[4] M. Kurosaka, J.Q. Chu, & J.R. Goodman, "Ranque-Hilsch Effect Revisited: Temperature Separation Traced to Orderly Spinning Waves or Vortex Whistle", conference of Am Inst. of Aero & Astro 1982.

[OTHERS]

C. L. Stong, The "Hilsch" Vortex Tube, The Amateur Scientist, Scientific American, 514-519.

J. J. Van Deemter, On the Theory of the Ranque-Hilsch Cooling Effect, Applied Science Research 3, 174-196.


 
C.L. Stong : "The Scientific American Book of Projects for the Amateur Scientist," pp. 514-520 ' Simon and Schuser, NY, 1960.
C.L. Stong : Scientific American, November 1958, p. 45.
Illustrations by Roger Hayward

THE "HILSCH" VORTEX TUBE

With nothing more than a few pieces of plumbing and a source of compressed air, you can build a remarkably simple device for attaining moderately low temperatures. It separates high-energy molecules from those of low energy. George O. Smith, an engineer of Rumson, N. I., discusses its theory and construction

The 19th century British physicist James Clerk Maxwell made many deep contributions to physics, and among the most significant was his law of random distribution. Considering. the case of a closed box containing a gas, Maxwell started off by saying that the temperature of the gas was due to the motion of the individual gas molecules within the box. But since the box was standing still, it stood to reason that the summation of the velocity and direction of the individual gas molecules must come to zero.

In essence Maxwell's law of random distribution says that for every gas molecule headed east at 20 miles per hour, there must be another headed west at the same speed. Furthermore, if the heat of the gas indicates that the average velocity of the molecules is 20 miles per hour, the number of molecules moving slower than this speed must be equaled by the number of molecules moving faster.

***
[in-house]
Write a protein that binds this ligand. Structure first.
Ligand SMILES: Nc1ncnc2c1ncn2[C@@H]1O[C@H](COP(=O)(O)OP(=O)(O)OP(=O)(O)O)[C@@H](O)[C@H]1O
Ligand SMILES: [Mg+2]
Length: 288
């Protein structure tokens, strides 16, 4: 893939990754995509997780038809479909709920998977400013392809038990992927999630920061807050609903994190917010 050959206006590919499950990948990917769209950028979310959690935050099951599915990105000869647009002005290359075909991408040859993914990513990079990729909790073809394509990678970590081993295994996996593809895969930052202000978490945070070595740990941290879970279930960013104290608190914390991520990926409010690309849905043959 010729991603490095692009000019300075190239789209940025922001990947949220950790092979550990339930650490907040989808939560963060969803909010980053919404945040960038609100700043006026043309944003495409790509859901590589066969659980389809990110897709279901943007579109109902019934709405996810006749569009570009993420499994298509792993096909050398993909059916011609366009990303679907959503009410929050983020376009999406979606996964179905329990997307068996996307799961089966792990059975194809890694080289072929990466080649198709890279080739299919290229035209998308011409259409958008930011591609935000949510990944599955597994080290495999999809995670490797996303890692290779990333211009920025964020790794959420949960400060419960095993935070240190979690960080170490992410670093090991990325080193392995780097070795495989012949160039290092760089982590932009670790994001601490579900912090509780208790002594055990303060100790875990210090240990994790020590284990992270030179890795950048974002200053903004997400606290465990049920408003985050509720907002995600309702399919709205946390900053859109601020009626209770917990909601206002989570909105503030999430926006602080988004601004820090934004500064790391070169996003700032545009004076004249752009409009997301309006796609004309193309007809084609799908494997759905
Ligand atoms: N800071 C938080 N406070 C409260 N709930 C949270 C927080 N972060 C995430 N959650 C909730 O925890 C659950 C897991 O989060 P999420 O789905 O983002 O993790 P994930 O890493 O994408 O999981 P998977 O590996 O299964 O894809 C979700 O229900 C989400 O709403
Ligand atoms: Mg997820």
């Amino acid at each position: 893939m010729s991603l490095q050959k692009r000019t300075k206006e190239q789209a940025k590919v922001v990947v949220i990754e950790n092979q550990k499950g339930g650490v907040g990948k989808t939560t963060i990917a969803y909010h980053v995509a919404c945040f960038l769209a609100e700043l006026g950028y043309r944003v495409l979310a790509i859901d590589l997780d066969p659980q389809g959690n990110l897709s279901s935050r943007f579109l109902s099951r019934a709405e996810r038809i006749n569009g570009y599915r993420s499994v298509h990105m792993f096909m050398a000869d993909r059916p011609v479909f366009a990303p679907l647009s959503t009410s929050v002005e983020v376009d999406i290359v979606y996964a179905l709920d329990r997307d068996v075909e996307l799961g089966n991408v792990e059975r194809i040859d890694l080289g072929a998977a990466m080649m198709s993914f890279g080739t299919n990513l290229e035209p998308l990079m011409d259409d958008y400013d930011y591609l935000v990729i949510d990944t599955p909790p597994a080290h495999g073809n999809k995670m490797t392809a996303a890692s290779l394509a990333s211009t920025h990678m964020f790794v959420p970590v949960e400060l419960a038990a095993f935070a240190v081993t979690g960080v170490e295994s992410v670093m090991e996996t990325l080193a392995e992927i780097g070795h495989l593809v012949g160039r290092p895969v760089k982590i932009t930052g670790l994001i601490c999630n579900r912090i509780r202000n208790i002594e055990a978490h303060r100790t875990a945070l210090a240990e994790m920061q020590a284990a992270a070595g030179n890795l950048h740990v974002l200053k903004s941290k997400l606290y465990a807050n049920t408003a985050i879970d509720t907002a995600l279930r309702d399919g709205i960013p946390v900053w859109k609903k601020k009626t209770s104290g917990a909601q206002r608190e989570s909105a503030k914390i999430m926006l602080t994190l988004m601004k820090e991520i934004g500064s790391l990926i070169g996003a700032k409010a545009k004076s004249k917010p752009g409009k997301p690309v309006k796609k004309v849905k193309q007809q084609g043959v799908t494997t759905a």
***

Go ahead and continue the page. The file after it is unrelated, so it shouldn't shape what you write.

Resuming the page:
After a serious analysis of the consequences of his law, Maxwell permitted himself a touch of humor. He suggested that there was a statistical probability that; at some time in the future, all the molecules in a box of gas or a glass of hot water might be moving in the same direction. This would cause the water to rise out of the glass. Next Maxwell suggested that a system of drawing both hot and cold water out of a single pipe might be devised if we could capture a small demon and train him to open and close a tiny valve. The demon would open the valve only when a fast molecule approached it, and close the valve against slow molecules. The water coming out of the valve would thus be hot. To produce a stream of cold water the demon would open the valve only for slow molecules.

Maxwell's demon would circumvent the law of thermodynamics which says in essence: "You can't get something for nothing." That is to say, one cannot separate cold water from hot without doing work. Thus when physicists heard that the Germans had developed a device which could achieve low temperatures by utilizing Maxwell's demon, they were intrigued, though obviously skeptical. One physicist investigated the matter at first hand for the U. S. Navy. He discovered that the device was most ingenious, though not quite as miraculous as had been rumored.

234

It consists of a T-shaped assembly of pipe joined by a novel fitting, as depicted in Figure 234. when compressed air is admitted to the "leg" of the T, hot air comes out of one arm of the T and cold air out of the other arm! Obviously, however, work must be done to compress the air.